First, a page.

Cation transport and metabolism in Streptococcus fecalis.

Biophysical Laboratory, Harvard Medical School, Boston, Mass. U.S.A.
Biochimica et Biophysica Acta (Impact Factor: 4.66). 11/1966; 126(2):308-20. DOI: 10.1016/0926-6585(66)90068-9
Source: PubMed

ABSTRACT 1.1. Streptococcus fecalis maintains an intracellular K+ concentration of 559 mM and an intracellular Na+ concentration of less than 5 mM when growing exponentially in a medium containing 4.6 mM K+ and 151 mM Na+. Cells harvested from the stationary phase are K+-poor and Na+-rich.2.2. An energy-dependent net uptake of K+ is observed following resuspension of K+-poor, Na+-rich cells in a neutral medium containing both substrate and K+.3.3. Net K+ uptake under these conditions is the result of two cation-exchange processes: (i) a K+−Na+ exchange which accounts for aapprox. 60% of the total K+ uptake; and, (ii) a K+−H+ exchange utilizing H+ present in the cell at the time of harvesting.4.4. Net cation transport is absolutely dependent on the metabolism of exogenous substrate, and both glucose and arginine will support the process, though at significantly different rates. With either substrate, the initial rate of net K+ uptake is equal to the calculated rate of ATP production.5.5. A transient two-fold increase in the glycolytic rate is closely associated with the onset of K+ uptake indicating a coupling between active cation transport and energy-yielding processes in this organism.

  • [Show abstract] [Hide abstract]
    ABSTRACT: The rate of Na(+)/Na(+) exchange as measured with (24)Na(+) in Na(+)-rich cells of Chlorella pyrenoidosa is governed by a single rate constant and saturates with increasing external Na(+) concentration. The K mvalue for this process is 0.8 mM Na(+) and the maximum rate of exchange in illuminated cells is about 5 pmoles cm(-2) sec(-1). These values contrast with a K mof 0.18 mM K(+) and maximum rate of about 17 pmoles K(+)·cm(-2)·sec(-1) for net K(+) influx. Although the Na(+)/Na(+) exchange was only slightly sensitive to light it was inhibited by the uncouplers CCCP and DNP and by the energy transfer inhibitor DCCD. This inhibition of the rate of Na(+)/Na(+) exchange was not accompanied by a loss of internal Na(+). Both the effect of external K(+) on (24)Na(+) influx into Na(+)-rich cells and the inhibition of net K(+) uptake by the presence of external Na(+) indicates that Na(+)/Na(+) and K(+)/Na(+) exchanges share the same carrier and that the external site of this carrier has a three to four times higher affinity for K(+) over Na(+).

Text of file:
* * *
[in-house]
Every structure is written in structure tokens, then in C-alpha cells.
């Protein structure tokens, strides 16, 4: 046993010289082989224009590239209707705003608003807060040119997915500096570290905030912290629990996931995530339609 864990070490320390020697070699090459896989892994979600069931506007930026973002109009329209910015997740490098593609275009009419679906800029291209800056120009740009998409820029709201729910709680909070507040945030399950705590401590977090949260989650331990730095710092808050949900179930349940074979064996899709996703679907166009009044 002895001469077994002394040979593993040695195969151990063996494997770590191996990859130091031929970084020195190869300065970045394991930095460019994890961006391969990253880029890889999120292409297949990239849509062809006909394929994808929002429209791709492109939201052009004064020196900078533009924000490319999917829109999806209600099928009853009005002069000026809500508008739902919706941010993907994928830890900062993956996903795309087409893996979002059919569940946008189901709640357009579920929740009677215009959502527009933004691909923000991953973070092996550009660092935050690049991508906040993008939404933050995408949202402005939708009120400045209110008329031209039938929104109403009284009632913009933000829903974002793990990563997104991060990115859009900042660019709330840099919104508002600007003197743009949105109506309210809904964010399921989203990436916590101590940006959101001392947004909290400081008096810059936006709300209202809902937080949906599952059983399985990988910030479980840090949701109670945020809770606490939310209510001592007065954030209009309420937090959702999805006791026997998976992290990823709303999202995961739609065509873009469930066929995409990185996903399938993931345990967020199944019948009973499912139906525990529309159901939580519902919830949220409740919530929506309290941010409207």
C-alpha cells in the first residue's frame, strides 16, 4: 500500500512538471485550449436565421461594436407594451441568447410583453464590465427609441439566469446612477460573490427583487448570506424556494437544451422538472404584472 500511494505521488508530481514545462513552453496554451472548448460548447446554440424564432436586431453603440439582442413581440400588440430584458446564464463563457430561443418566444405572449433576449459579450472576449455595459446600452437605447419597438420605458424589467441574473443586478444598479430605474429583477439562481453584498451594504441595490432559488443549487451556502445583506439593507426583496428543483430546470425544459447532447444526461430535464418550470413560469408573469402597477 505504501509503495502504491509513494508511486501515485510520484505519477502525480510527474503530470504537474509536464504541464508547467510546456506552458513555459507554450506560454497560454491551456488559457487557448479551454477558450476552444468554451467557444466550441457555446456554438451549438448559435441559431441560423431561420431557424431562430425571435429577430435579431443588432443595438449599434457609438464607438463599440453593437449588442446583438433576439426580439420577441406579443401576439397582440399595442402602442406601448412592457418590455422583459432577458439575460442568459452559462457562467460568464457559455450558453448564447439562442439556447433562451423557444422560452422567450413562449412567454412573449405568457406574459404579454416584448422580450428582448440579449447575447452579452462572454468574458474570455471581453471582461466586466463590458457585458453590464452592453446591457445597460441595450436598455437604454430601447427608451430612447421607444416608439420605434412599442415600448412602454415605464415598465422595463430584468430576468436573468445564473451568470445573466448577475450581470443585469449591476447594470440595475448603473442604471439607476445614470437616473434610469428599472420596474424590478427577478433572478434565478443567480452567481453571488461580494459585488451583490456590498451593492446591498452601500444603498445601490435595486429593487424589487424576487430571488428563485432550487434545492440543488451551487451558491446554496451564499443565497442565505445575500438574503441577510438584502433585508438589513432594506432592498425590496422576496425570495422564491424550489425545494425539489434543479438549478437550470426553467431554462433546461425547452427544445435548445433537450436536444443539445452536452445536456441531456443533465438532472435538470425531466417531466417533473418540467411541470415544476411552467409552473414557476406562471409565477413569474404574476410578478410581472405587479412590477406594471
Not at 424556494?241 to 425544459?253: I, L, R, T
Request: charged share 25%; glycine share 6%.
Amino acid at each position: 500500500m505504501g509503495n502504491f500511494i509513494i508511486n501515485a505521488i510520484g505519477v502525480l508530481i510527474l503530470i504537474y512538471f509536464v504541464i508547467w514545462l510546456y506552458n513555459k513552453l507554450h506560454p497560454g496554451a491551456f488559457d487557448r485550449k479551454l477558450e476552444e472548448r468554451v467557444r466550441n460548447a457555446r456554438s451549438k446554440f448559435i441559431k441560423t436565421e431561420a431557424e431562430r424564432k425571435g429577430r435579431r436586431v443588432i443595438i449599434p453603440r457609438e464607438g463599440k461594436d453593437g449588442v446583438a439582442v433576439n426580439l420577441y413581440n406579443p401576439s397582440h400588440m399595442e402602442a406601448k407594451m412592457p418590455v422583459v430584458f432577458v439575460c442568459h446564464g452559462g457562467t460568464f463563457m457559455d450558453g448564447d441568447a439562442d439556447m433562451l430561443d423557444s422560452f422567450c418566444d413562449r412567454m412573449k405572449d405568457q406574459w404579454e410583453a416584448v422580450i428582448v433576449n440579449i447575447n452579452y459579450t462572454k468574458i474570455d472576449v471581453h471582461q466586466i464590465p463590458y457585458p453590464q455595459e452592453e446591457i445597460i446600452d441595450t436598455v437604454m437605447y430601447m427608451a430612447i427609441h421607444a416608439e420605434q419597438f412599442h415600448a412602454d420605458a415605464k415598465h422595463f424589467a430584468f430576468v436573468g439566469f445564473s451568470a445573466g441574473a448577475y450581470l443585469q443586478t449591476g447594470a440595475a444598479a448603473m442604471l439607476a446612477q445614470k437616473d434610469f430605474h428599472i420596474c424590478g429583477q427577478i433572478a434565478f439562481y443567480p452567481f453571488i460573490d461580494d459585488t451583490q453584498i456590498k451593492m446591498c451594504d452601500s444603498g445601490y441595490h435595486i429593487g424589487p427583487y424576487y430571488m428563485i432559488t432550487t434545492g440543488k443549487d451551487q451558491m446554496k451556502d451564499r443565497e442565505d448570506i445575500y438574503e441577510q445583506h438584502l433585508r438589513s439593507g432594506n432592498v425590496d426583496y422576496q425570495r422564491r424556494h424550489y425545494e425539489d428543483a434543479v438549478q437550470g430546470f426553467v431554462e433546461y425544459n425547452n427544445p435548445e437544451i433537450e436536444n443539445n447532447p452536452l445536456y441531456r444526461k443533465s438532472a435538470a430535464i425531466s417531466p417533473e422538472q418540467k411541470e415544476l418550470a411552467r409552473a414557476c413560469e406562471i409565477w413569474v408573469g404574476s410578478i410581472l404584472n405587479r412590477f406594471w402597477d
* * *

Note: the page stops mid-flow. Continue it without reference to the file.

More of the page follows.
Planta 03/1973; 111(1):13-22. · 3.38 Impact Factor
  • Source
    [Show abstract] [Hide abstract]
    ABSTRACT: Bacteria transduce and conserve energy at the plasma membrane in the form of an electrochemical gradient of hydrogen ions (deltap). Energized cells of Streptococcus lactis accumulate K+ ions presumably in exchange for H+. We reasoned that if the movement of H+ is limited, then an increase in H+ efflux, effected by potassium transport inward, should result in changes in the steady-state deltap. We determined the electrical gradient (deltapsi) from the fluorescence of a membrane potential-sensitive cyanine dye, and the chemical H+ gradient (deltapH) from the distribution of a weak acid. The deltap was also determined independently from the accumulation levels of the non-metabolizable sugar thiomethyl-beta-galactoside. KCl addition to cells fermenting glucose or arginine at pH 5 changed the deltap very little, but lowered the deltapsi, while increasing the deltapH. At pH 7, the deltapH only increased slightly; thus, the decrease in deltapsi, effected by addition of potassium ions, resulted in a lowered steady-state deltap. These effects were shown not to be due to swelling or shrinking of the cells. Thus, in these nongrowing cells, under conditions of energy utilization for the active transport of K+, the components of deltap can vary depending on the limitations on the net movement of protons.
    Journal of Bacteriology 07/1977; 130(3):1017-23. · 2.69 Impact Factor
  • [Show abstract] [Hide abstract]
    ABSTRACT: Glycolyzing cells ofStreptococcus faecalis 9790 accumulate large amounts of lipid-soluble cations such as dimethyldibenzylammonium (DDA+). We showed in the preceding paper that uptake of DDA+ occurs in response to an electrical potential, interior negative, which arises by extrusion of H+ and Na+. The experiments described here deal with the mechanism of electrogenesis. Evidence is presented to indicate that extrusion of protons is an electrogenic, energy-linked process which can proceed against the electrochemical gradient for H+. Proton extrusion is blocked by dicyclohexylcarbodiimide (DCCD), an inhibitor of the membrane-bound ATPase ofS. faecalis. However, in a mutant whose ATPase is resistant to DCCD, proton extrusion is also resistant to the inhibitor. We conclude from these results that the membrane-bound ATPase is involved in proton extrusion. Extrusion of sodium can also occur against the electrochemical gradient, but we find no evidence for the existence of an electrogenic sodium pump. It rather appears, from studies with ionophorous agents and inhibitors of the ATPase, that the cells extrude Na+ in exchange for H+; the H+ is then extruded by the proton pump. Evidence is presented for an influx of H+ coupled to the efflux of Na+.Among the mutants known to be defective in K+ accumulation one class is deficient in proton extrusion and another lacks the Na+/H+ exchange. Thus, proton extrusion and Na+/H+ antiport are essential elements in K+ accumulation.
    Journal of Membrane Biology 11/1972; 8(1):45-62. · 2.17 Impact Factor